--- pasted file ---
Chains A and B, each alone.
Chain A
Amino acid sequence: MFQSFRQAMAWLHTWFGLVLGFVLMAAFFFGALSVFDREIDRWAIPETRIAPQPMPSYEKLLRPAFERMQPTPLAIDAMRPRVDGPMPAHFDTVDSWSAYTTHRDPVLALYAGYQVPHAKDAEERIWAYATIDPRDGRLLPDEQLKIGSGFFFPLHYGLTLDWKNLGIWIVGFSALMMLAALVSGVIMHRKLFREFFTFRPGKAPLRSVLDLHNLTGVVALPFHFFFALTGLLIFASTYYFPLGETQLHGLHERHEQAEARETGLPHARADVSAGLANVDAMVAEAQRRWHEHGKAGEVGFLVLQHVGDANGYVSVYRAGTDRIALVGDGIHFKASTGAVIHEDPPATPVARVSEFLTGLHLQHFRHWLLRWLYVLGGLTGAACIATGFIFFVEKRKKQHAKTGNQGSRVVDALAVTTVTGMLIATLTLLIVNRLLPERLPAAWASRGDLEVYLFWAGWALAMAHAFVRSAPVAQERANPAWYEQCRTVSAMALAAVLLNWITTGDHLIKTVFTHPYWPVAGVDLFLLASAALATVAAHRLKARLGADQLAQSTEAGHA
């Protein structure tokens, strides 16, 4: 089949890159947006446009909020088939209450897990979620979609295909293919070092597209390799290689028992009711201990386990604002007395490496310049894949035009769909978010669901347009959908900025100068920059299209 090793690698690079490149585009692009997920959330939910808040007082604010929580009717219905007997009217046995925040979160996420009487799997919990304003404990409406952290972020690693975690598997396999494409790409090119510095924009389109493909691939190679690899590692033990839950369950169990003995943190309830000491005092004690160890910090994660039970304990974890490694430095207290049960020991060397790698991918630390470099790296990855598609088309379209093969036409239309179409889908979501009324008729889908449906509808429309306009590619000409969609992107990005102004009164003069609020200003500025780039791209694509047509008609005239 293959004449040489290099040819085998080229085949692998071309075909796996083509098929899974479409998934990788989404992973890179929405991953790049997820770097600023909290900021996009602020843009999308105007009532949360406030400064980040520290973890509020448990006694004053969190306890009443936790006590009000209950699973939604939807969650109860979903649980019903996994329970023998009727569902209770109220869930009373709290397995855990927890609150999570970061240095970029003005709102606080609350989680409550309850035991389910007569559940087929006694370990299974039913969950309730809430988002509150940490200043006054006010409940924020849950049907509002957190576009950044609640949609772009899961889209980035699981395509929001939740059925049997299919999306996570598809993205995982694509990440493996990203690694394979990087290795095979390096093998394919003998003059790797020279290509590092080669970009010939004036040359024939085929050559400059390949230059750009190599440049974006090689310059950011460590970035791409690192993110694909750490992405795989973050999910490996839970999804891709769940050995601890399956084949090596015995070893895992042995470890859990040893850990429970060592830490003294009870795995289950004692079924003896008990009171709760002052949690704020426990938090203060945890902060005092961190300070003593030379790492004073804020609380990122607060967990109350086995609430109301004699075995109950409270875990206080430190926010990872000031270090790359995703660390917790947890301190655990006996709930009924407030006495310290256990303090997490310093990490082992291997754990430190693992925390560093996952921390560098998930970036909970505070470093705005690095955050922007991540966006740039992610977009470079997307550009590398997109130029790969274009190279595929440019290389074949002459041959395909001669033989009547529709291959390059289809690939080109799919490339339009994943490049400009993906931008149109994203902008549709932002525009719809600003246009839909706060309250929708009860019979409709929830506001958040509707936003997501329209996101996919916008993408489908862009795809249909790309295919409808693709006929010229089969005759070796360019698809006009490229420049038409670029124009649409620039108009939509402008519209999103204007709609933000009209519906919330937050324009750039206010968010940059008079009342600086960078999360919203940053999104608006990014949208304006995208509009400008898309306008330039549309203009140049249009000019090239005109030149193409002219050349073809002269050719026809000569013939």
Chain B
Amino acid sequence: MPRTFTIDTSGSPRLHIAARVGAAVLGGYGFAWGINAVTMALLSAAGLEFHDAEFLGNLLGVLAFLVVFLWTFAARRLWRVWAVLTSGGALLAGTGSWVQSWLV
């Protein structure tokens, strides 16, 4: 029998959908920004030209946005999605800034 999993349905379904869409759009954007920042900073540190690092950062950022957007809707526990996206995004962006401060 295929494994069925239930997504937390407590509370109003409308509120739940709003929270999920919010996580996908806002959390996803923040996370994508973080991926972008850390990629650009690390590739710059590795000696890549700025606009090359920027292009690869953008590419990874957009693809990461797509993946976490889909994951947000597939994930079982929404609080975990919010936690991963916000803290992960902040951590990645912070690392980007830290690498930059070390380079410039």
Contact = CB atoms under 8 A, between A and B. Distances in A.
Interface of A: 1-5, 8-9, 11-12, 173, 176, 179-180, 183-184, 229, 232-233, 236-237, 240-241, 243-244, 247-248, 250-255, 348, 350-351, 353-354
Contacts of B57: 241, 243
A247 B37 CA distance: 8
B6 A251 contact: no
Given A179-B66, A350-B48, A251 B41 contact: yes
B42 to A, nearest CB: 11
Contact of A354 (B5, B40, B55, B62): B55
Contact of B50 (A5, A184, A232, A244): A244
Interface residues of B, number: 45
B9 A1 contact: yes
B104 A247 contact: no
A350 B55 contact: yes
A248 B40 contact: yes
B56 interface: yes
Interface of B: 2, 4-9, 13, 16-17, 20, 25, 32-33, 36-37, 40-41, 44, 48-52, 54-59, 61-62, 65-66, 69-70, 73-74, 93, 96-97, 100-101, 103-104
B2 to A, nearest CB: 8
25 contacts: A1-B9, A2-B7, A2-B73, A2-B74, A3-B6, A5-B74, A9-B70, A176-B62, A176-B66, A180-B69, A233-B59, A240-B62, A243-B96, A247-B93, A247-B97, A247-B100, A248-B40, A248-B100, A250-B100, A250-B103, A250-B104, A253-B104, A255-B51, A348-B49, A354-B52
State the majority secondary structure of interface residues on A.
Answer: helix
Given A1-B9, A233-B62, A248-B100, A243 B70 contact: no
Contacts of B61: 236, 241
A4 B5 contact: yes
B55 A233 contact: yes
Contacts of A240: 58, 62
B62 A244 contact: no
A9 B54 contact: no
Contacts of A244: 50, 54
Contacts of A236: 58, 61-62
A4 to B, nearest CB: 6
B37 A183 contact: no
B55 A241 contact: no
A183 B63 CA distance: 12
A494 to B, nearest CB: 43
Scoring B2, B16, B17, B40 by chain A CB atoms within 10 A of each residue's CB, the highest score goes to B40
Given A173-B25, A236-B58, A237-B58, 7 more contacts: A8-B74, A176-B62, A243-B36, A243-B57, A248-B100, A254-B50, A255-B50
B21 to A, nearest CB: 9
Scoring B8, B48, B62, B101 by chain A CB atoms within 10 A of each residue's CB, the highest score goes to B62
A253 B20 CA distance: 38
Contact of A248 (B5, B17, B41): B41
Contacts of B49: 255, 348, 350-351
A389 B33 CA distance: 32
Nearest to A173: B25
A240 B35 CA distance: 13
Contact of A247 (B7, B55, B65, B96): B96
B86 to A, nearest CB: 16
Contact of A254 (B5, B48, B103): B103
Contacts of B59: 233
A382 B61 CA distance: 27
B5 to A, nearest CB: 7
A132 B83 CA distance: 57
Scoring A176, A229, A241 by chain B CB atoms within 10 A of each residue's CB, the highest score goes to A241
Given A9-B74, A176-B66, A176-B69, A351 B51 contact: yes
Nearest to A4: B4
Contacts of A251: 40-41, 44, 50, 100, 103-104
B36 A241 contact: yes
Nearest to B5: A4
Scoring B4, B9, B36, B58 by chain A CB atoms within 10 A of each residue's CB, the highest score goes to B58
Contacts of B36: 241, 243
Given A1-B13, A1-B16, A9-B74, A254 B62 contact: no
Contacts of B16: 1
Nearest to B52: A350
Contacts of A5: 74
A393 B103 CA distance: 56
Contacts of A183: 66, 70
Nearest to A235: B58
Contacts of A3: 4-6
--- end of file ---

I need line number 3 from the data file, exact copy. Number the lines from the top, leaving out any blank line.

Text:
Amino acid sequence: MFQSFRQAMAWLHTWFGLVLGFVLMAAFFFGALSVFDREIDRWAIPETRIAPQPMPSYEKLLRPAFERMQPTPLAIDAMRPRVDGPMPAHFDTVDSWSAYTTHRDPVLALYAGYQVPHAKDAEERIWAYATIDPRDGRLLPDEQLKIGSGFFFPLHYGLTLDWKNLGIWIVGFSALMMLAALVSGVIMHRKLFREFFTFRPGKAPLRSVLDLHNLTGVVALPFHFFFALTGLLIFASTYYFPLGETQLHGLHERHEQAEARETGLPHARADVSAGLANVDAMVAEAQRRWHEHGKAGEVGFLVLQHVGDANGYVSVYRAGTDRIALVGDGIHFKASTGAVIHEDPPATPVARVSEFLTGLHLQHFRHWLLRWLYVLGGLTGAACIATGFIFFVEKRKKQHAKTGNQGSRVVDALAVTTVTGMLIATLTLLIVNRLLPERLPAAWASRGDLEVYLFWAGWALAMAHAFVRSAPVAQERANPAWYEQCRTVSAMALAAVLLNWITTGDHLIKTVFTHPYWPVAGVDLFLLASAALATVAAHRLKARLGADQLAQSTEAGHA